Fw: W.A . # 8 Two People's Bay N.P.Easter 2001

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Subject: Fw: W.A . # 8 Two People's Bay N.P.Easter 2001
From: "Michael J Hunter" <>
Date: Thu, 14 Jun 2001 22:55:58 +1000
From: Michael J Hunter <>

Subject: W.A . # 8 Two People's Bay N.P.Easter 2001

      Two Peoples Bay is a mariner's refuge from the vigorous westerly winds
and waves of the Southern Ocean, and named after French and English
navigators who sheltered amicably there together at a time when Noisy
Scrub-birds extended inland at least Mt. Barker, west to Margaret
River and even beyond to Drakesbrook from a stronghold around Albany.
      Over the following hundred years or so, fires, farms, floods and feral
predators exterminated the Noisy Scrub-bird from all but a last retreat in
protected wet gullies around the granite outcrop of Mt. Gardiner,
overlooking the sea in what is now Two Peoples Bay Nature Reserve. Here in
1961 the bird was recognised for the first time since 1872  by a local
fisherman who followed up its distinctive call and eventually saw one. A
casualty of the Nature Reserve was the proposal for a holiday town on the
beachside site, to have been be called Casuarina,

     Appropriately protected, the miniscule population of about 100 Noisy
Scrub-birds  multiplied, and birds have been reintroduced to suitable
surrounding areas, including  Waychinnicup N.P. on the opposite side of  Two
Peoples Bay where they are audible across the river from the camping area
and accessable to birders.

    Although their numbers have grown to the thousands, threats to the
 Noisy Scrub-bird still exist as fire-blackened bush and the swathe of a
large firebreak alongside Sunken Reef Rd. within the Park proper clearly
showed. We saw dog prints on one track, despite baits having being laid for
years, and a research worker told us that a local farmer was suing CALM
because one of his trespassing dogs took a bait.

      At dawn on our first day we were parked in the small carpark at the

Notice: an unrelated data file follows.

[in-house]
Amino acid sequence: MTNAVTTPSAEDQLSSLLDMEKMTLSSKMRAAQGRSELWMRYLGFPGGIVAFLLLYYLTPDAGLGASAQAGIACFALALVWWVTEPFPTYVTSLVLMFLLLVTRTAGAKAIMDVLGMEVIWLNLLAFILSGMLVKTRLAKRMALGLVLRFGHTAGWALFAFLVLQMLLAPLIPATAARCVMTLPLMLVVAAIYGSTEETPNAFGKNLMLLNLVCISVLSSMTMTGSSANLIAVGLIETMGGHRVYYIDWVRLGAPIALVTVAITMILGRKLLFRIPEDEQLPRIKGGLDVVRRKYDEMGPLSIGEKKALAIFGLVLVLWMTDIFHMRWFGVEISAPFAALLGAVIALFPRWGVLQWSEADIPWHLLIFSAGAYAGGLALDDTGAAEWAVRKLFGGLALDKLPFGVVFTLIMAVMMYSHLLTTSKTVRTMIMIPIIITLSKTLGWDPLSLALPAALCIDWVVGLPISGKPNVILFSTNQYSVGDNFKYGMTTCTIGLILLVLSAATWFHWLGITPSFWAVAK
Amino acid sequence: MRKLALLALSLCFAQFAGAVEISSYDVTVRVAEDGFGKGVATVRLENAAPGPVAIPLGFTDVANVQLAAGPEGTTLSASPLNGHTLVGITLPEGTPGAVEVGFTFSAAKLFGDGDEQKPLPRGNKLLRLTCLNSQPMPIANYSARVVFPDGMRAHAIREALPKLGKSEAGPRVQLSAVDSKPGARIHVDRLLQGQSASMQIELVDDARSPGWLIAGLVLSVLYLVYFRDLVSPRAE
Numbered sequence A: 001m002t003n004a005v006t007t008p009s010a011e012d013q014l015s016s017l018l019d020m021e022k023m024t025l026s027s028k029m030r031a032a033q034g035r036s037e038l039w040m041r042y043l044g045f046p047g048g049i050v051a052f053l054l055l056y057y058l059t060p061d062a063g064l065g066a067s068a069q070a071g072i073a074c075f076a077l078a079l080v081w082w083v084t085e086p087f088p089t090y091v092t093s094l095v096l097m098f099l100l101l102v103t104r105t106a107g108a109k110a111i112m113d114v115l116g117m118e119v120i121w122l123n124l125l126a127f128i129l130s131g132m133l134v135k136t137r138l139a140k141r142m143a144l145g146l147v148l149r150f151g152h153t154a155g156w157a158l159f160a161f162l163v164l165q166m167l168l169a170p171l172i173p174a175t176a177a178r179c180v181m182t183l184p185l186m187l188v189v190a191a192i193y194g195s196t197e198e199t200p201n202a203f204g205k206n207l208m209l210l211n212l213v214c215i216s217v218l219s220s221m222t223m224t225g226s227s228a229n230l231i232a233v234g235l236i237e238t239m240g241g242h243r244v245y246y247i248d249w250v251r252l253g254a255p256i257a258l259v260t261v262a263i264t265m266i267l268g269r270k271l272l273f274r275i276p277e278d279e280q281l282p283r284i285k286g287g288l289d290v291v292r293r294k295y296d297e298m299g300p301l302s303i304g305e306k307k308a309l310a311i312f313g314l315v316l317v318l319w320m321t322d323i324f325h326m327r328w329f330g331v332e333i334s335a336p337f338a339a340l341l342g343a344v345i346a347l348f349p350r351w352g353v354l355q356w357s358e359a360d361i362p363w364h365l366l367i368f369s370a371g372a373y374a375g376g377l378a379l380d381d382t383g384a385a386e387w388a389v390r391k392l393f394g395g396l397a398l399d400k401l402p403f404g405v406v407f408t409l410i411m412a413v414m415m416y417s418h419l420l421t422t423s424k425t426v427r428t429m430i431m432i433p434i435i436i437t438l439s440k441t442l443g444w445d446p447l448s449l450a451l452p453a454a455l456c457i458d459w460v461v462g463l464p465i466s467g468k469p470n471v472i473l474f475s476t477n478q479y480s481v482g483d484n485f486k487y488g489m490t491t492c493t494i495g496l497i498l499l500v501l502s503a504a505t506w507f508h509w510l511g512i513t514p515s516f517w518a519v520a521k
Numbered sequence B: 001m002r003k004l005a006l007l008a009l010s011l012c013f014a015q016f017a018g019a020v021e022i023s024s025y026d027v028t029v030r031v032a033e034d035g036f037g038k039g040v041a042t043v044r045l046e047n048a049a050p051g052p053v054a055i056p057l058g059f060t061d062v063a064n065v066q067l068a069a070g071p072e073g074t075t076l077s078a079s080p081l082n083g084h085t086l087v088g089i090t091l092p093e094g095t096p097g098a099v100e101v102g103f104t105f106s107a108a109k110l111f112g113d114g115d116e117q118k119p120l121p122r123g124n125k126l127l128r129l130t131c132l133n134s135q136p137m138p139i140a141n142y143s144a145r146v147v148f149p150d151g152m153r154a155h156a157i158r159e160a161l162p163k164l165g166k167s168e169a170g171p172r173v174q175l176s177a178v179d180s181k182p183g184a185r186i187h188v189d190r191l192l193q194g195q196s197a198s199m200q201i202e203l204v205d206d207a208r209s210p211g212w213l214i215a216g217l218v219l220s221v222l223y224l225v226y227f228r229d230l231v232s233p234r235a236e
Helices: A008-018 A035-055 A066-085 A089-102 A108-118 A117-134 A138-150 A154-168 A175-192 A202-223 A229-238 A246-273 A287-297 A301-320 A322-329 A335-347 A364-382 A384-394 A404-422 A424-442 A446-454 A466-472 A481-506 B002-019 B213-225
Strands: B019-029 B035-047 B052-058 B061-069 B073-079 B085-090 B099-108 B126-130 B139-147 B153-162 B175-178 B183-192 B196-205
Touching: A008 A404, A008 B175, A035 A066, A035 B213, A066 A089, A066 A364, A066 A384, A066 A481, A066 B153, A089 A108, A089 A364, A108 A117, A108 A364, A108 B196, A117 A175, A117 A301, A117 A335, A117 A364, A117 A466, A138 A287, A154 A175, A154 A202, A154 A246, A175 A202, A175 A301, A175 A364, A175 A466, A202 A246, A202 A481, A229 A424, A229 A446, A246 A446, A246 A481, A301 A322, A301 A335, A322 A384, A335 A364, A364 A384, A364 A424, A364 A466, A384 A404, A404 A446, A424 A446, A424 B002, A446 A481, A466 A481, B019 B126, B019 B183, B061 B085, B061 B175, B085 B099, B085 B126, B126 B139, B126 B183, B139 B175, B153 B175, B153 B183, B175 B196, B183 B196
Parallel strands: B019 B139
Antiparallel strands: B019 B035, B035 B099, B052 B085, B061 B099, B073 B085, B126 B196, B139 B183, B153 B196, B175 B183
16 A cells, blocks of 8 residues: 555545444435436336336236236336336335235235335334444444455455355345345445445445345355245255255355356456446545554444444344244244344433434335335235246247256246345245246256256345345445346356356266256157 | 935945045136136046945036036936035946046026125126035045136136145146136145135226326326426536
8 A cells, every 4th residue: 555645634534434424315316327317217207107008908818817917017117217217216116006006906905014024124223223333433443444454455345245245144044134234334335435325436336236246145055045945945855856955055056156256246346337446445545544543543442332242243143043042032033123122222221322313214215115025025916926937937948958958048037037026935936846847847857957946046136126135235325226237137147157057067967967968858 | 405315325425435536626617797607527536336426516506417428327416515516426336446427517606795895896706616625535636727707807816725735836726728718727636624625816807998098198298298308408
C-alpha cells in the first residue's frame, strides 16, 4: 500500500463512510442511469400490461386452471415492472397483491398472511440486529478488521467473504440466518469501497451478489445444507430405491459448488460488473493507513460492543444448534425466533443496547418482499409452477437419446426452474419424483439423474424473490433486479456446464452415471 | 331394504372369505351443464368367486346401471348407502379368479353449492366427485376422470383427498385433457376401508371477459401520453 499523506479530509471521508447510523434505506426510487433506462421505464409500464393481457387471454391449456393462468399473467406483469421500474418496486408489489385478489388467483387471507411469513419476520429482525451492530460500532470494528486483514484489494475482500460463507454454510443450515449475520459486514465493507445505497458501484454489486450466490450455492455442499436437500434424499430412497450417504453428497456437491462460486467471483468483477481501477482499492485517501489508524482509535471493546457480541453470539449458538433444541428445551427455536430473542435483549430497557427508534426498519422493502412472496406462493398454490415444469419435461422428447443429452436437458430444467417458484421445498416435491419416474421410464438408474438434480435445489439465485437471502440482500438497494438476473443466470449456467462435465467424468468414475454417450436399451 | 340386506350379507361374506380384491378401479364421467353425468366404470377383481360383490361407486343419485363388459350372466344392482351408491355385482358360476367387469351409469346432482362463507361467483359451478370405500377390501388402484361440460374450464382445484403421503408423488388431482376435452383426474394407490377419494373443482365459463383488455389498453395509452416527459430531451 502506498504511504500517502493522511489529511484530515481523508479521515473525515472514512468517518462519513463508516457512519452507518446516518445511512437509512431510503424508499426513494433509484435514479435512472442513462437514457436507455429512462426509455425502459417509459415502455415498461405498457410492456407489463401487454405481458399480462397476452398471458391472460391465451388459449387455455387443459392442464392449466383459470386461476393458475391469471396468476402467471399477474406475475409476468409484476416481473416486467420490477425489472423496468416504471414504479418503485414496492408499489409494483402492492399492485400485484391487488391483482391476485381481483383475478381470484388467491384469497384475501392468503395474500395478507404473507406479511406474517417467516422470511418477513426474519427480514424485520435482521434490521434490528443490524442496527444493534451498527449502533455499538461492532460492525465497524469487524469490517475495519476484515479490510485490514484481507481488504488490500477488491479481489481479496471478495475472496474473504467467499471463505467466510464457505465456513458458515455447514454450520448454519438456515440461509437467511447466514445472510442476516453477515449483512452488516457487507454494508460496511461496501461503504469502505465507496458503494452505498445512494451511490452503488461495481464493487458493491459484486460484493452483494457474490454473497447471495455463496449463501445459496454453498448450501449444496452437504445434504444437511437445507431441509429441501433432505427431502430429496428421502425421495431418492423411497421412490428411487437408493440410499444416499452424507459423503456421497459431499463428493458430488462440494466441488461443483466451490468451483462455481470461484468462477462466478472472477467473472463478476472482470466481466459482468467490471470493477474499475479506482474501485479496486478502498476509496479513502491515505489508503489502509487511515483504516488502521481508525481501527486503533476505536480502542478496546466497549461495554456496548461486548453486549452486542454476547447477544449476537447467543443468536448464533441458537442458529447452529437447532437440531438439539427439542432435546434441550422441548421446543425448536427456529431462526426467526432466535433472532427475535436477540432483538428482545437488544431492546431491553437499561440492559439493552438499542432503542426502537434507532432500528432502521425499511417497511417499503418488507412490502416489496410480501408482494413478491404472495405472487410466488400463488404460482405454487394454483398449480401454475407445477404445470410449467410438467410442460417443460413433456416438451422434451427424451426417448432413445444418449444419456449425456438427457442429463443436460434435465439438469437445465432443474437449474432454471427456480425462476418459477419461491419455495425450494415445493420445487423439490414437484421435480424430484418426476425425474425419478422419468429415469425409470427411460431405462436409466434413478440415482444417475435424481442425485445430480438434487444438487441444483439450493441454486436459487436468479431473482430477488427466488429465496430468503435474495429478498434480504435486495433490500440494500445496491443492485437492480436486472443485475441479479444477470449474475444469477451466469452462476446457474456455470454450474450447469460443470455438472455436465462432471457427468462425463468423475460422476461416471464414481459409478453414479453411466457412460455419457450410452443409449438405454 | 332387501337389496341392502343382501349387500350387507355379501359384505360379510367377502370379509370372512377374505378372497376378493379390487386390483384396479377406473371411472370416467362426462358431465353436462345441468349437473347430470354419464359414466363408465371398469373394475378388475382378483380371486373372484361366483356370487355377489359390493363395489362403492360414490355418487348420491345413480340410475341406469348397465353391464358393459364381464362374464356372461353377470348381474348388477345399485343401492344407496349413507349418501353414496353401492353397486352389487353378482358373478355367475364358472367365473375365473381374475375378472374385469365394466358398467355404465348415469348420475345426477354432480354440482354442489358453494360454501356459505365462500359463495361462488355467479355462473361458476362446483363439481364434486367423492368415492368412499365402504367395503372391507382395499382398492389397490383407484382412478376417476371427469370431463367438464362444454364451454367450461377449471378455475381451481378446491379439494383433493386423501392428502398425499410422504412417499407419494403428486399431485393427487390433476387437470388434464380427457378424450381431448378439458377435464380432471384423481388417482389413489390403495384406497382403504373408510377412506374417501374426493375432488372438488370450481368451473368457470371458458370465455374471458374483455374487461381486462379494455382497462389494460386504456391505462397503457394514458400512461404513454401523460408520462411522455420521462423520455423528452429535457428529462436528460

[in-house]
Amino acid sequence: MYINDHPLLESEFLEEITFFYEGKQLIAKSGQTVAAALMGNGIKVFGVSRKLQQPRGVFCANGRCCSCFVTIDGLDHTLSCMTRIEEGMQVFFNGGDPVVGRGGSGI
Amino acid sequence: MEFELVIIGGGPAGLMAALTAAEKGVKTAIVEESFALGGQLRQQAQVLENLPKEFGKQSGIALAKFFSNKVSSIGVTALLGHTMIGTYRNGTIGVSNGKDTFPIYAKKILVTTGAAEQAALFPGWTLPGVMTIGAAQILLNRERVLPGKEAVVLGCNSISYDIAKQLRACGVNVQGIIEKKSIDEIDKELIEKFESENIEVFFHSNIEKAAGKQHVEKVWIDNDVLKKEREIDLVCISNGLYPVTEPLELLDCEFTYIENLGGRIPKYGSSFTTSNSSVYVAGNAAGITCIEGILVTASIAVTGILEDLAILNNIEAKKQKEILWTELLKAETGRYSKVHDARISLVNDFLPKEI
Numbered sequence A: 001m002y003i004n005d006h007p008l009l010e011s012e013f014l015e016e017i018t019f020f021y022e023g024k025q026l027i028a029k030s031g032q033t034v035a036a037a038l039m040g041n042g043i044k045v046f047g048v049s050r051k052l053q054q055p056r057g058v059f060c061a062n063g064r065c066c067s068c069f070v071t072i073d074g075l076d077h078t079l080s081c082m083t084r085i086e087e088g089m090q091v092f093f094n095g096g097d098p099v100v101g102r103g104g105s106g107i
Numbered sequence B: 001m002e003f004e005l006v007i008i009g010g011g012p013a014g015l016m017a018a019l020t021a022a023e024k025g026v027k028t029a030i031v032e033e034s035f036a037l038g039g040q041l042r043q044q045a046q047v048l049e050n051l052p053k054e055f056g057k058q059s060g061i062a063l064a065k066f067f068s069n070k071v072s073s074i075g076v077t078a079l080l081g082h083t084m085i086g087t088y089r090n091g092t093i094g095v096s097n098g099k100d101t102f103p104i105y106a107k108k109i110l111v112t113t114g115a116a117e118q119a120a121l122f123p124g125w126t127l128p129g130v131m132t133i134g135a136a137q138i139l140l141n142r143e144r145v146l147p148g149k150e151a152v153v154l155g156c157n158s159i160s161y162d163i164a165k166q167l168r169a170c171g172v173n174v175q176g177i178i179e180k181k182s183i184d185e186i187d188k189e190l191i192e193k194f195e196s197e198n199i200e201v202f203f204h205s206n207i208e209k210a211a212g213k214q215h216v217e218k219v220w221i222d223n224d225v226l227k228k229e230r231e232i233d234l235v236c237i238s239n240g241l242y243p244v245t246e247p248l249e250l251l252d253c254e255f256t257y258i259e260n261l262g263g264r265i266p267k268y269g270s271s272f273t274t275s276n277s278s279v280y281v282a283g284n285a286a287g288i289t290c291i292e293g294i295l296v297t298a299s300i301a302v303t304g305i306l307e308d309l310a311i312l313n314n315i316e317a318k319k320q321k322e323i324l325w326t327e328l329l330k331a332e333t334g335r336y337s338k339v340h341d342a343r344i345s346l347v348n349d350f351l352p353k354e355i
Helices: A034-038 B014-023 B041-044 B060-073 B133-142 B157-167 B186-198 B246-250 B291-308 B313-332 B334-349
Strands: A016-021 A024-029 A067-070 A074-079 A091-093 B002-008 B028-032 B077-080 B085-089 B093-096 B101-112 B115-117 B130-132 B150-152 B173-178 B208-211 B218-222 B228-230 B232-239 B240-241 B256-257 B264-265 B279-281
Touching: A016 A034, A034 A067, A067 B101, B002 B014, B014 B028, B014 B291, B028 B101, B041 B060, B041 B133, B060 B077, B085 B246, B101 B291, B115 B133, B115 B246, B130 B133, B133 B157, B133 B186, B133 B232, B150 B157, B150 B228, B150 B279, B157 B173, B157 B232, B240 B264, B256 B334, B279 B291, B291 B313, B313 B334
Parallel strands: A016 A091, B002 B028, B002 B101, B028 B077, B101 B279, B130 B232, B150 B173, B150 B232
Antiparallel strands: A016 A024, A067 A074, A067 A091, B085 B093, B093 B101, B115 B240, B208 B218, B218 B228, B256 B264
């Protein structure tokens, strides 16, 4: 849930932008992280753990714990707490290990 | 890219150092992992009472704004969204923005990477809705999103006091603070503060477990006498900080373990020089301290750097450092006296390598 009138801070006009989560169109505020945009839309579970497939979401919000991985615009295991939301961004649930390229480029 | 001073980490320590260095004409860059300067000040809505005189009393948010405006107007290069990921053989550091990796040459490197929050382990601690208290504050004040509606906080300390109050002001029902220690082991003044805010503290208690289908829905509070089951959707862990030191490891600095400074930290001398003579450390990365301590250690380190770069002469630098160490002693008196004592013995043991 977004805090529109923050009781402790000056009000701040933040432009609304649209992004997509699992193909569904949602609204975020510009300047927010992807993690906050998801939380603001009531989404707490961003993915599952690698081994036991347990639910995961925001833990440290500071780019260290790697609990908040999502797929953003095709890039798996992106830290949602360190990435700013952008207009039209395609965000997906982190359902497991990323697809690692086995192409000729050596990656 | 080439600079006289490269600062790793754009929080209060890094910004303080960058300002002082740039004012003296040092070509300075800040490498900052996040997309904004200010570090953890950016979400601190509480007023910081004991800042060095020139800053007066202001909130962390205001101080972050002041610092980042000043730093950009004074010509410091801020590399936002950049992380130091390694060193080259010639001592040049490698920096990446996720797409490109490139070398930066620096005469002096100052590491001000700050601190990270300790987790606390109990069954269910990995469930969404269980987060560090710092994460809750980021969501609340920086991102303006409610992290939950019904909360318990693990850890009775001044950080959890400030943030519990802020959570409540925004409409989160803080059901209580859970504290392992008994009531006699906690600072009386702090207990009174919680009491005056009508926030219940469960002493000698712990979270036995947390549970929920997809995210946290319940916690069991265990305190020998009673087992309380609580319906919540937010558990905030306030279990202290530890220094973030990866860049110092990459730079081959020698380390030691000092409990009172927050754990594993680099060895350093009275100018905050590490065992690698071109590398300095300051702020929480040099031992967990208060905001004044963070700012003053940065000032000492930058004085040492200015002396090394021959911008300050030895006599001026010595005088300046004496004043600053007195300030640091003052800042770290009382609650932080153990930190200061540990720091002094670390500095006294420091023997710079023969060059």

end of the road in, past the Visitors Centre, opposite the picnic area, next
to a swamp full of sedges, the beach on the Bay just behind, looking back up
the track, waiting and listening. A Scrub-bird called well off to the right,
Western Bristle-birds to the left of us, but we saw neither. Otherwise it
was a good spot; Red-capped parrot, Western Rosella, coloured male
Red-winged Fairy-wren, White-breasted Robin, Western Thornbill, Western
Spinebill, Re-eared Firetail, and a marsupial mouse, as well as Scarlet
Robin, Varied Sitella, Golden Whistler, the streaky-breasted local
"maculata" race of White-browed Scrubwren, with Silver and Pacific Gulls off
the beach behind.

      After a pleasant but, in terms of birds, essentially fruitless walk
around the Heritage trail nearby, we went to the Stirling Ranges N.P., (next
report) but returned to the Little Beach parking area to catch dim but
definite views of a Western Bristlebird a few metres down a sandy track to
the left, and listen to another calling and moving invisibly up to the right
at dusk, the experience repeated at dawn the next day. Some days they run
around the carpark there and at the beach, others they make themselves very
scarce, its just a matter of luck, but dawn and dusk are the times to look,
they say.

    There were plenty of Noisy Scrub-birds calling as we approached "the
site" at the end of the track off Sunken Reef  Rd.,(well described  Frank
O'Connor whose birds of W.A. site is accessible through the Birds Australia
page.) We sat at the site in the centre of three continuously calling birds,
one about 10m away, for an hour. None of them moved despite mimicking,
pishing, squeaking or scratching the ground. I walked, with difficulty,
through the matted tangle of shrubs and sedges toward the closest caller who
moved a few metres ahead of me at first then stopped until I stood
immediately over him, totally hidden but still pouring out the decibels. The
temptation to jump on him was swiftly suppressed. I called back a few times
and the bird moved off. It started to rain and we left. Our hour was up.

  Michael Hunter
  Mulgoa Valley
  50km west of Sydney Harbour Bridge

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